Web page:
One caption for this photo reads "... the Soviet army in Asia was equipped with 14,000 tanks, of which more than two-thirds were deployed on the Sino-Soviet border. At that time, China was able to develop a tactical nuclear attack aircraft with a "Hurricane No.1" nuclear bomb mounted on its belly and a strong-5 A, rumored to be used for one-way assault on the Soviet armored cluster."

In 1967, shortly after the success of the hydrogen bomb explosion, the miniaturization of the hydrogen bomb was also made. Air Force to choose a suitable model, as a miniature hydrogen bomb carrier to block the northern Soviet Union's steel torrent. Just trial success of the Q-5 due to have supersonic penetration prevention, a larger amount of bombs and other characteristics, was selected as the carrier and modified, the improved model is Q-5 A, small hydrogen emblazoned code that can be airborne for "hurricane number one." Q-5 A main feature is the use of semi-buried bay, as well as to improve the built-in fuel tank, installation of the corresponding mount, insurance equipment, radar and a series of aviation and a series of improvements.

The hydrogen bomb is 2 meters long and weighs 1 tonne (the U.S. "fat man" dropped 4 tons in Hiroshima). A nuclear "Hurricane I", a small tactical nuclear weapon that truly represented the practical use of China's air-based nuclear weapons, was launched in the early 1970s. The type of attack was a specially designed Q-5 nuclear attack aircraft. Early Q-5 aircraft had a small bomb bay, and the transformation of the Q-5A was a semi-buried mount. It also modified the throwing of the "Hurricane 1" with a sight, with nuclear detection and control system.

The bomb can not be used conventional bombing method, but to use the method of throwing up to the target. Yang Guoxiang's tactic is to reach the target at a speed of 900 kilometers (560 miles) at an altitude of 300 meters (984 feet). Most of the radar was less capable of detecting targets below this altitude. When the plane was 12 kilometers (7.5 miles) from the target, the plane climbed at a 45-degree angle to a height of 1,200 meters (3,936 feet) and then dropped a bomb.

Under the historical background of the hostile Soviet Union and the Soviet Union, the strong 5 armies capable of carrying "Hurricane No.1" have become one of the few means to stop the Soviet armored garrison cluster in Siberia. However, because of the limited range of the Q-5, they were hailed as "Siberian one-way train", there was no return. In March 1977, the Central Military Commission approved the major tactical and technical requirements for the "Hurricane" No. 1 nuclear bomb and the Q-5 retrofit. By the end of 1977, plants completed the design of the transformation of the design task. In June 1979, the General Staff Department and the National Defense Agency jointly announced the suspension of the development of a strong -5 variant designed to carry nuclear bombs. After this batch of strong-5 armor also returned to service.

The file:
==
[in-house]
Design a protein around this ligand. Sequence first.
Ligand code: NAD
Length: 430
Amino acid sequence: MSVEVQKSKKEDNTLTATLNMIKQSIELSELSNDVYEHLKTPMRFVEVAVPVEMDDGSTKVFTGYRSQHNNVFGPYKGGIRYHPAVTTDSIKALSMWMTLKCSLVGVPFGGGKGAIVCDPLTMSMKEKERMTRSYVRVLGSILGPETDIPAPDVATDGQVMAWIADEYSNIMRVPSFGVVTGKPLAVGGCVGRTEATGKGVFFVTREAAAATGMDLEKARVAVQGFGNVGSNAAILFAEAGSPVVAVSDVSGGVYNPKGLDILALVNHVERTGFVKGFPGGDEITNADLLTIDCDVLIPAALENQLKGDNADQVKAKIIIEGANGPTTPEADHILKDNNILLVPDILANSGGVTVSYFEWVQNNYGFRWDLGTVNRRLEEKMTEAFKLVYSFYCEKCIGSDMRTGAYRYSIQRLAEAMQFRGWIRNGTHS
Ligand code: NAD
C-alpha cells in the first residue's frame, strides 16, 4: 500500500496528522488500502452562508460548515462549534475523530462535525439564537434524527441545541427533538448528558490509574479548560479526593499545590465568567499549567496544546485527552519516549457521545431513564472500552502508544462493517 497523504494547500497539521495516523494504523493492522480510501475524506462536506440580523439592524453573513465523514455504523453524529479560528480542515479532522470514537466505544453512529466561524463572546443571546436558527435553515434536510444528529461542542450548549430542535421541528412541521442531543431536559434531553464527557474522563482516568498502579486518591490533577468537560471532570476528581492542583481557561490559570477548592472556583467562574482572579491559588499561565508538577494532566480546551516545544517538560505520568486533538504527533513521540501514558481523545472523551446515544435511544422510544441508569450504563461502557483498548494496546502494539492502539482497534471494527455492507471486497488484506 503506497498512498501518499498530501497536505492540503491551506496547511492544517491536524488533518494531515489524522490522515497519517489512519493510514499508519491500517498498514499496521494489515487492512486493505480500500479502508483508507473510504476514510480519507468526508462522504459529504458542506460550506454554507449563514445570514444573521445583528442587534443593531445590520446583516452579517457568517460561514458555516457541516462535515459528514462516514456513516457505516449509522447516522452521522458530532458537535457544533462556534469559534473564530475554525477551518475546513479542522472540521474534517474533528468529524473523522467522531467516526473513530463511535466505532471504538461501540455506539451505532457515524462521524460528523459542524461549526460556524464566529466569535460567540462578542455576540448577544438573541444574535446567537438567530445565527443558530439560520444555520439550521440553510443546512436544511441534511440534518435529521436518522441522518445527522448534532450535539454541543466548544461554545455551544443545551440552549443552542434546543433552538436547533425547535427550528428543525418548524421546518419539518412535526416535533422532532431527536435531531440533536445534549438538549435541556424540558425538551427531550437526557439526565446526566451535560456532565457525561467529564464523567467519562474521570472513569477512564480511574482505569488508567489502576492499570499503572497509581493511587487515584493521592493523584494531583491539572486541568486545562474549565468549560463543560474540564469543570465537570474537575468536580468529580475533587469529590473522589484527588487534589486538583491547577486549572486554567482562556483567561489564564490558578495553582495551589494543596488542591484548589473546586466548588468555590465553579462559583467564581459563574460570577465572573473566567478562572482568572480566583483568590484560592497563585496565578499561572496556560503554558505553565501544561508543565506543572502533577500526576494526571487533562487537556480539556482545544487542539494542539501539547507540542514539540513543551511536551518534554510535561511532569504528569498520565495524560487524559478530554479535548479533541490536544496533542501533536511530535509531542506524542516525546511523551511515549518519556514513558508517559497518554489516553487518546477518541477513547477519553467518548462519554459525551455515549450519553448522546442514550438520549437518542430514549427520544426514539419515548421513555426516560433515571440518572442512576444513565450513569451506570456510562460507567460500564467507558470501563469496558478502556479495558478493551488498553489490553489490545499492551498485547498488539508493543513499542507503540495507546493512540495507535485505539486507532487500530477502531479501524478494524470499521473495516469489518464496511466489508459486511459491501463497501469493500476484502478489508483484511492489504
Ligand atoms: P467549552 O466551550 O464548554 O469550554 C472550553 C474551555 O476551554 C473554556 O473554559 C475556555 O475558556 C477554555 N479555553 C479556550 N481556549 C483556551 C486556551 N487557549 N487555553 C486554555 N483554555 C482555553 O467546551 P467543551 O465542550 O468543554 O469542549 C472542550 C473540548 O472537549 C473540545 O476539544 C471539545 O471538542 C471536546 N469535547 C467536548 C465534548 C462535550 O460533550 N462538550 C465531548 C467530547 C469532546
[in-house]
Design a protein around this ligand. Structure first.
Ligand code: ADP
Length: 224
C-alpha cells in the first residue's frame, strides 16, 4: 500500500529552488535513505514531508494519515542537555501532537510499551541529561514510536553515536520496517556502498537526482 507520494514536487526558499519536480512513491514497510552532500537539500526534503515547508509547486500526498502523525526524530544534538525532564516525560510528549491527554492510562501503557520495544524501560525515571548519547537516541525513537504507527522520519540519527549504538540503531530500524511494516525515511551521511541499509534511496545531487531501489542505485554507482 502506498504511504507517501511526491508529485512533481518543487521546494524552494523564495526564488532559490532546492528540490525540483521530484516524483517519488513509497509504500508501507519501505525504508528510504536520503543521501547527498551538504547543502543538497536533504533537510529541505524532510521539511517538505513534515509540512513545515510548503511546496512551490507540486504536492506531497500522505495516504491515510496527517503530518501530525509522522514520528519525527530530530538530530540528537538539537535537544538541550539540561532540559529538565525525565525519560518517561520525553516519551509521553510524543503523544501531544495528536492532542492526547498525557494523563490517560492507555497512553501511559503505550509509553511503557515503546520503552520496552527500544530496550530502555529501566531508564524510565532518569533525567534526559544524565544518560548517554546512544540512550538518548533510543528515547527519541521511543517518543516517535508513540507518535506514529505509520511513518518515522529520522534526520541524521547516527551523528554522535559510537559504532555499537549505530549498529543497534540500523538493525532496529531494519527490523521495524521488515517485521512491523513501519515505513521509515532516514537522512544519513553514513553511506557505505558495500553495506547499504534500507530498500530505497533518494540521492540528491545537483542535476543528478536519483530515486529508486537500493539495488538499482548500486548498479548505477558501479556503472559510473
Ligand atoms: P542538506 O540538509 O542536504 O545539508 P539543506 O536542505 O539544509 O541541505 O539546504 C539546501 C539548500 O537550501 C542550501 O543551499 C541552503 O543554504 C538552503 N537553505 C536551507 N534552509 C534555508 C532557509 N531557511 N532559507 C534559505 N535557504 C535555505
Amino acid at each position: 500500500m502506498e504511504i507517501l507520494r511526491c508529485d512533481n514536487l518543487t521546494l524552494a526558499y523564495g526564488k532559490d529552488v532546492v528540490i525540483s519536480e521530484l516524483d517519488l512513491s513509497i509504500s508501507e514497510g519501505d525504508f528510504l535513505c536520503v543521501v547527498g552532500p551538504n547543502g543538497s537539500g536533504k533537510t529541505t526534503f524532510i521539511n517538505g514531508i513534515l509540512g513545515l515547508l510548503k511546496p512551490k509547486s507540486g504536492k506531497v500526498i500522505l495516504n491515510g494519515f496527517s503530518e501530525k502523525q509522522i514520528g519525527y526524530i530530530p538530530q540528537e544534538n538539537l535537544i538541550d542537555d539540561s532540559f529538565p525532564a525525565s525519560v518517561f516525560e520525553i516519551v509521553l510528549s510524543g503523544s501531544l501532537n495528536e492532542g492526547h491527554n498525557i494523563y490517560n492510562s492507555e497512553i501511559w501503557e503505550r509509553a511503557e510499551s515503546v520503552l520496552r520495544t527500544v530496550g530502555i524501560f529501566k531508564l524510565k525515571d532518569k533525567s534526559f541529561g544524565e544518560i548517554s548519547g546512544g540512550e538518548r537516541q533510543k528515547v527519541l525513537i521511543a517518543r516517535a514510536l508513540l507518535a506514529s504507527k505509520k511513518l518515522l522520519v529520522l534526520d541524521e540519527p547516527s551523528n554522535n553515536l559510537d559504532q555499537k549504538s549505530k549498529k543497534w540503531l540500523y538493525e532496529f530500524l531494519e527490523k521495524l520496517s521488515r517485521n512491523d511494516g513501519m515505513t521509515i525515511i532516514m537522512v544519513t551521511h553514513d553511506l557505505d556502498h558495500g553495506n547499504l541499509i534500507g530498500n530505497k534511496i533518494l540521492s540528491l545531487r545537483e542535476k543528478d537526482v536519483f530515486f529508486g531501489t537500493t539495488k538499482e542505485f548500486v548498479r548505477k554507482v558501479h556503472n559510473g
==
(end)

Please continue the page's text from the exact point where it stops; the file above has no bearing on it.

KB-1 “Kuangbiao-1” (“Hurricane-1”) KB-1 “Kuangbiao-1” (“Hurricane-1”) KB-1 “Kuangbiao-1” (“Hurricane-1”) KB-1 “Kuangbiao-1” (“Hurricane-1”)

KB-1 “Kuangbiao-1” (“Hurricane-1”) KB-1 “Kuangbiao-1” (“Hurricane-1”)

O-27 / 119 mission - Tactical Gravity Bomb

The “0-27” bomb shape can be seen in the China Aviation Museum, and photographs of test preparations from the early 1970s. The O-27 bomb loaded on the Q-5 attack aircraft is also currently stored in the China Aviation Museum.

A "detonating" bomb is not the atomic bomb that detonated a hydrogen bomb as a trigger, but a verification bomb used for testing, a smaller type of hydrogen bomb. Because the detonation bomb appearance and later officially equipped "Hurricane I" nuclear bomb are not the same, so the modified detonation bomb mounted Q-5 is not a Q-5A, but the so-called "119 mission" modified models. In 1972, pilot Yang Guoxiang piloted a Q-5-A aircraft and successfully threw the first practical hydrogen bomb in China, marking the fact that China's airdrop nuclear weapons possessed real combat capabilities.

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H639-6 H-bomb - 1st Variant

The first air-dropped H-Bomb was the H639-6. It differed from subsequent in having a shorter, more pumpkin-like, physics package. And the aft tail-fin ring was notably shorter than the forward ring.

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H639-23 H-bomb - 2nd Variant

The H639-23 air-dropped H-Bomb differed from the earlier H639-6 in having a somewhat longer, less pumpkin-like, physics package. And the aft tail-fin ring was the same lenght as the forward ring.

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H639-23 H-bomb H639-23 H-bomb

H639-23 H-bomb - 3rd Variant

A third variant of the H623-23 H-bomb is currently preserved in the China Aviation Museum H-6 nuclear bombing. Compared to the second H639-23 variant, it is distinctly elongated.